- How long will the appointment take?
- Will I see a physician?
- What should I bring to my consultation?
- How should I prepare for my ultrasound appointment?
- What insurances do you take?
- How much experience do the doctors have?
- What is an vascular interventional radiologist?
- Do you carry compression stockings?
- Do I need a referral?
- What is venous reflux disease?
- How prevalent is venous reflux disease?
- How is venous reflux disease treated?
How long will the appointment take?
Your initial consultation should take about 30-45 minutes. During your appointment you will meet with one of our physicians (Dr. Fox or Dr. Hardee) and they will discuss your current symptoms and health history with you. At this point, Dr. Fox or Dr. Hardee will determine if you require a diagnostic ultrasound of your legs.
The ultrasound appointment takes about an hour. One of our registered vascular technologists (RVT) will be performing the ultrasound exam. Dr. Fox or Dr. Hardee will discuss your results after the ultrasound is completed.
Will I see a physician?
What should I bring to my consultation?
How should I prepare for my ultrasound appointment?
There are no major preparations for the ultrasound. We recommend to drink plenty of fluids the night before the appointment. There are no restrictions prior to your appointment. You can continue to take your prescribed medications and you can eat and drink before the appointment.
What insurances do you take?
We accept most major insurance plans, including Medicare and Medicaid. Please call the office at 713-575-3686 with your insurance information and we will be happy to to see if your insurance plan covers vein treatments.
How much experience do the doctors have?
Dr. Hardee has been practiced radiology and interventional radiology in the Houston area for 13 years. Dr. Hardee graduated with honors from Louisiana State University and Baylor College of Medicine, where he was elected to the Alpha Omega Alpha Honor Society. He completed his internship and residency in radiology at the Naval Medical Center in San Diego, and was elected chief resident. After proudly completing his nine years of service as an officer in the United States Navy, Dr. Hardee received fellowship training in vascular and interventional radiology at the Dotter Interventional Institute at Oregon Health Sciences University.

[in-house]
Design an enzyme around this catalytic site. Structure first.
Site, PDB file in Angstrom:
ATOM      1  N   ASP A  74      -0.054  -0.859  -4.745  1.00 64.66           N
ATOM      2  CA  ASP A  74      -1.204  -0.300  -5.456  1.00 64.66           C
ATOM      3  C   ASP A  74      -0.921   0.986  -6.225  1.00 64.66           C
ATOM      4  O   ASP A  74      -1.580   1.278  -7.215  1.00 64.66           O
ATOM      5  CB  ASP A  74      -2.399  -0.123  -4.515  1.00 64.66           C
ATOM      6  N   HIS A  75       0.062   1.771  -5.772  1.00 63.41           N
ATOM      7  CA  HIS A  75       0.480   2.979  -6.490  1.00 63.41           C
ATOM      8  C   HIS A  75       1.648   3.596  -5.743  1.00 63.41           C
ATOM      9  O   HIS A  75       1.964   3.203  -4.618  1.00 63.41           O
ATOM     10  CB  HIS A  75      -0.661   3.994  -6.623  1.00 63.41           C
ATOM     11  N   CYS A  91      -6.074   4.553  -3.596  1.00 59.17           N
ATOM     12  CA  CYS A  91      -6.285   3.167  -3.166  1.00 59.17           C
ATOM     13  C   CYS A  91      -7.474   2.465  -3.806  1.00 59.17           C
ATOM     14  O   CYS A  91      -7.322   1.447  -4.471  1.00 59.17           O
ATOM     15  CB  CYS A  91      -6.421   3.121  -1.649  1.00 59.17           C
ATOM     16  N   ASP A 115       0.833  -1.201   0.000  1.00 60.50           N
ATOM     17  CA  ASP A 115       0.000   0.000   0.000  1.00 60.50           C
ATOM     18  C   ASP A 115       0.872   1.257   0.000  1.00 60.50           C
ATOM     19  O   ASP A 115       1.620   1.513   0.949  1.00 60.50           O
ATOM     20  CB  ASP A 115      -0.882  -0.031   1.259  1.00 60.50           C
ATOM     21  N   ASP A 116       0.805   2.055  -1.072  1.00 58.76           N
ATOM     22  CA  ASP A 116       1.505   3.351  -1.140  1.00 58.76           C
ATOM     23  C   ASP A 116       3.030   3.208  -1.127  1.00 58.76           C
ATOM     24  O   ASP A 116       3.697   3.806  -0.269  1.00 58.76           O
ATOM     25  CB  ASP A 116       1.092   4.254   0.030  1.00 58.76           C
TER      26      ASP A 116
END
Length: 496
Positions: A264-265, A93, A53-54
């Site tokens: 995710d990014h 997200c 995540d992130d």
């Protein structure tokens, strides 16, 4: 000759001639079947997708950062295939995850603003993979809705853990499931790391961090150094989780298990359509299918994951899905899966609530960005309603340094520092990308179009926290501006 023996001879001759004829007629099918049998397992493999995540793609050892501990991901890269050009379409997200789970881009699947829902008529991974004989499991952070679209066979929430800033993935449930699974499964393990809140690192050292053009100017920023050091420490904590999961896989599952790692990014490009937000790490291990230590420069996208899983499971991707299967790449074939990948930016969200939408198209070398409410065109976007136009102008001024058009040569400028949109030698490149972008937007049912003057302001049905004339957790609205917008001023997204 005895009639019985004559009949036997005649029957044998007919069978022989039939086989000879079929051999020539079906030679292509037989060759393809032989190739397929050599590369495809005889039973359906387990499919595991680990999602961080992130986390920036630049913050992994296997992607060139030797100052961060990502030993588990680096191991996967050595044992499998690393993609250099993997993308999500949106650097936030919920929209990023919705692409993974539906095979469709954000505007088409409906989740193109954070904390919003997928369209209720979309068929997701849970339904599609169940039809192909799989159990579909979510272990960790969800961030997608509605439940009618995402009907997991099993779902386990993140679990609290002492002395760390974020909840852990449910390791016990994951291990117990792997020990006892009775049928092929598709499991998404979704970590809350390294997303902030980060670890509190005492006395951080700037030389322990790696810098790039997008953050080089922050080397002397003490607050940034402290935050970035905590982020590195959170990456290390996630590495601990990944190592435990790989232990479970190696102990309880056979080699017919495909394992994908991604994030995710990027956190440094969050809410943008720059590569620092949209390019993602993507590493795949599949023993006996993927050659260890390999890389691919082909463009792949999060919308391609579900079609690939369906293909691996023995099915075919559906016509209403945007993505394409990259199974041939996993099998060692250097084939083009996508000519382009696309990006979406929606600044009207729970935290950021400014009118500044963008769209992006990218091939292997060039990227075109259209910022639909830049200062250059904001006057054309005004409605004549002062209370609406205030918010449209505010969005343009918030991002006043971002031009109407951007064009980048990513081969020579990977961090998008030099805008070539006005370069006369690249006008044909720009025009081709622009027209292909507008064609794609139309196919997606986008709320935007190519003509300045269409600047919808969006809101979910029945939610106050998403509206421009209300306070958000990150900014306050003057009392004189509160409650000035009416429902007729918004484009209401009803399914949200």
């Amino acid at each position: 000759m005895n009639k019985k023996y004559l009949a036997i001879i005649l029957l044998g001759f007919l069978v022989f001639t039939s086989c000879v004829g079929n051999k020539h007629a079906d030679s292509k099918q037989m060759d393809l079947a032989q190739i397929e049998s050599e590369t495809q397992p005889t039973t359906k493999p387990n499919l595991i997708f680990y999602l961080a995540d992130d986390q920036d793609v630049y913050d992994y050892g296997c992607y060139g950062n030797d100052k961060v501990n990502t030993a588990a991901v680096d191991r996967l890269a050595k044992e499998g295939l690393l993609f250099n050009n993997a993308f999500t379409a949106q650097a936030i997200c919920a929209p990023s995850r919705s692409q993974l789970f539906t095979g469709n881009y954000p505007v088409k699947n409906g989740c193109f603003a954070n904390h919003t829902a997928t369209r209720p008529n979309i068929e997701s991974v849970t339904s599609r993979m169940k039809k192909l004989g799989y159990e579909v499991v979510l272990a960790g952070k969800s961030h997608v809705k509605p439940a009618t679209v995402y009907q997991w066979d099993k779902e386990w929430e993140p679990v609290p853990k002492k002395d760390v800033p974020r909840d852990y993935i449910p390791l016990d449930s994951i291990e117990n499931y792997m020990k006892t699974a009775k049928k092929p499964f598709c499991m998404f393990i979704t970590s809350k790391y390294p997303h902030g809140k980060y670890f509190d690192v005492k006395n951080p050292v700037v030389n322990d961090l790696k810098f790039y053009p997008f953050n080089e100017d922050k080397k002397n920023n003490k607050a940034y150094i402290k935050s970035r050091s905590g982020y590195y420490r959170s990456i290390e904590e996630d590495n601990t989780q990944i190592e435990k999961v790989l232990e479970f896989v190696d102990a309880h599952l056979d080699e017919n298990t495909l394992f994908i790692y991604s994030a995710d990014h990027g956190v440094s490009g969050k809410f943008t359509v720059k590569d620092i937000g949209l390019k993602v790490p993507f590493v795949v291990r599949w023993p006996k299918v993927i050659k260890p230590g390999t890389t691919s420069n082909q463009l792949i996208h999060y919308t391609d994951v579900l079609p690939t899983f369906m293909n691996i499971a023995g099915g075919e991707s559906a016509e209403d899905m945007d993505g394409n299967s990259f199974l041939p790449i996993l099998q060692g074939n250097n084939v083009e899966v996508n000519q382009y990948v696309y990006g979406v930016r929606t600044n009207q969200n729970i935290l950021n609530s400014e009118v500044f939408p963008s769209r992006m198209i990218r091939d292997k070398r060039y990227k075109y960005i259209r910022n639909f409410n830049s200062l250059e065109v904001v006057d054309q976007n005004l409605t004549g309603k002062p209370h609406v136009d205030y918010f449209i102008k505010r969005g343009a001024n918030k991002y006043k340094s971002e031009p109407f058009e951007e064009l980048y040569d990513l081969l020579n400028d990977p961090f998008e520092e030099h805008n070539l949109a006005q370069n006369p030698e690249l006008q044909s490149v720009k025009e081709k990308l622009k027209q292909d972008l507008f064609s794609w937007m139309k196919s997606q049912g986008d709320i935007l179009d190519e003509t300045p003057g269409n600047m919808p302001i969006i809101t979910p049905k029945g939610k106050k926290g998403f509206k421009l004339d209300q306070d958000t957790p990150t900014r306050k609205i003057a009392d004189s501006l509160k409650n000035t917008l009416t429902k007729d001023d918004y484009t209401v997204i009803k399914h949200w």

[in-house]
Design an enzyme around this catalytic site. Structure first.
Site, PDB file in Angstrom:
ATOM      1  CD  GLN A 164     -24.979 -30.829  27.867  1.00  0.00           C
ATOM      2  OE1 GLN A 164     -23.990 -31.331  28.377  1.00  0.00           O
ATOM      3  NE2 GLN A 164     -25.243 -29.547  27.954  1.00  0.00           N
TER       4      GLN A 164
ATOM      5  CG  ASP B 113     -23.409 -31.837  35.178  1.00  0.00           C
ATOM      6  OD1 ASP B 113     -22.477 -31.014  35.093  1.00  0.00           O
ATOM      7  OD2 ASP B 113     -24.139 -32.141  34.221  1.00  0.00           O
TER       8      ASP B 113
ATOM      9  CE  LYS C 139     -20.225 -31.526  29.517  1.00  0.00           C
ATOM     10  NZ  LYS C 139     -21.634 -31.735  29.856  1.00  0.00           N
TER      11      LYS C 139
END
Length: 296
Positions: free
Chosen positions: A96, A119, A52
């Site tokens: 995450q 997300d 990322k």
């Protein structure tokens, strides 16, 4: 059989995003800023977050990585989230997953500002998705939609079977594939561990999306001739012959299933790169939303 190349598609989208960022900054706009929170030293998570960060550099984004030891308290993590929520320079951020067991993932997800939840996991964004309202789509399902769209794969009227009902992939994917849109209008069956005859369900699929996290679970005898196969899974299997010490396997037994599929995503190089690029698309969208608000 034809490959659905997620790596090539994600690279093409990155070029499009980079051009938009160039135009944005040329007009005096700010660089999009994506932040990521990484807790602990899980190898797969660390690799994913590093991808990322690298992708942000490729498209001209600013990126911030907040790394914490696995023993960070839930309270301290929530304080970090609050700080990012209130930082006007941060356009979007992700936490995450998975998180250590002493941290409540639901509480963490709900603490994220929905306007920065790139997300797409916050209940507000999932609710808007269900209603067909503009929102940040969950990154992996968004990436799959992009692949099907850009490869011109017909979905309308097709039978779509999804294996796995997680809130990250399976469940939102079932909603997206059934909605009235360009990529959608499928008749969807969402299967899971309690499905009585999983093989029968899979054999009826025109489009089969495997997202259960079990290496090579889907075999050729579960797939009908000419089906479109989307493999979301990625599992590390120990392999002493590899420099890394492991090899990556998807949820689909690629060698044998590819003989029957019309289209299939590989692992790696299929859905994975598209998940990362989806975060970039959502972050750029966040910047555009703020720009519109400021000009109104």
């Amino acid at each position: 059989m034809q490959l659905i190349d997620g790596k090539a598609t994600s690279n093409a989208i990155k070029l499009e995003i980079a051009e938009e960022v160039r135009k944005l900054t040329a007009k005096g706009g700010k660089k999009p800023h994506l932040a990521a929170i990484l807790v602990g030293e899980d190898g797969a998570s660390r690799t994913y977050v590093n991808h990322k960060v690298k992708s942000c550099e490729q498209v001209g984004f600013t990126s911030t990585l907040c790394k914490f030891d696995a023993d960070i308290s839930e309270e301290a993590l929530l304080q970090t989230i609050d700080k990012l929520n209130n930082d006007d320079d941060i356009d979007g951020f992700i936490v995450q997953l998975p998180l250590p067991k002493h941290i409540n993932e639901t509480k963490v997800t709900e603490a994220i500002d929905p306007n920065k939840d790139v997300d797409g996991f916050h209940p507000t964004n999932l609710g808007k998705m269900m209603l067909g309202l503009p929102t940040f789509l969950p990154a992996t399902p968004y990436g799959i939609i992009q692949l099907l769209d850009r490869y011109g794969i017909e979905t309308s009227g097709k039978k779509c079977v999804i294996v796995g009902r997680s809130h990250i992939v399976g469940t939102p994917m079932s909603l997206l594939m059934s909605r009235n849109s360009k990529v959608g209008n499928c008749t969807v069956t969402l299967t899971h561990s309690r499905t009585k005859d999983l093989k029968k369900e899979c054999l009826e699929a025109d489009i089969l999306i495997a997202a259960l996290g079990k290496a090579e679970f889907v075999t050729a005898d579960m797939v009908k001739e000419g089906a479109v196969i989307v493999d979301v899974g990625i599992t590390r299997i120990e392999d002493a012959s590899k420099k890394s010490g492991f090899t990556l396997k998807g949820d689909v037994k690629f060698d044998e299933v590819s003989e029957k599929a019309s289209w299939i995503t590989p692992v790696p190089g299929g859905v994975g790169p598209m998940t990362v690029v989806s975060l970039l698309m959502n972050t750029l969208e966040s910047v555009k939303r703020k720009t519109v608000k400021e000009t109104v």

Dr. Fox earned his medical degree at the University of Texas Medical Branch. After graduation, Dr. Fox relocated to Richmond, Virginia. Dr. Fox completed his internship, residency, and fellowship in vascular and interventional radiology at the prestigious Medical College of Virginia. Upon completion of his training, Dr. Fox was invited to join the faculty at the Medical College of Virginia as an assistant professor and director of resident and fellow education in the department of vascular and interventional radiology. During his tenure, Dr. Fox completed thousands of endovascular procedures with a concentration on advanced techniques in the treatment of arterial disease, uterine fibroid embolization, and venous insufficiency. He also cared for patients at VCU Vein Care, and served as one of the co-founders of the Baird Vascular Institute.
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What is an vascular interventional radiologist?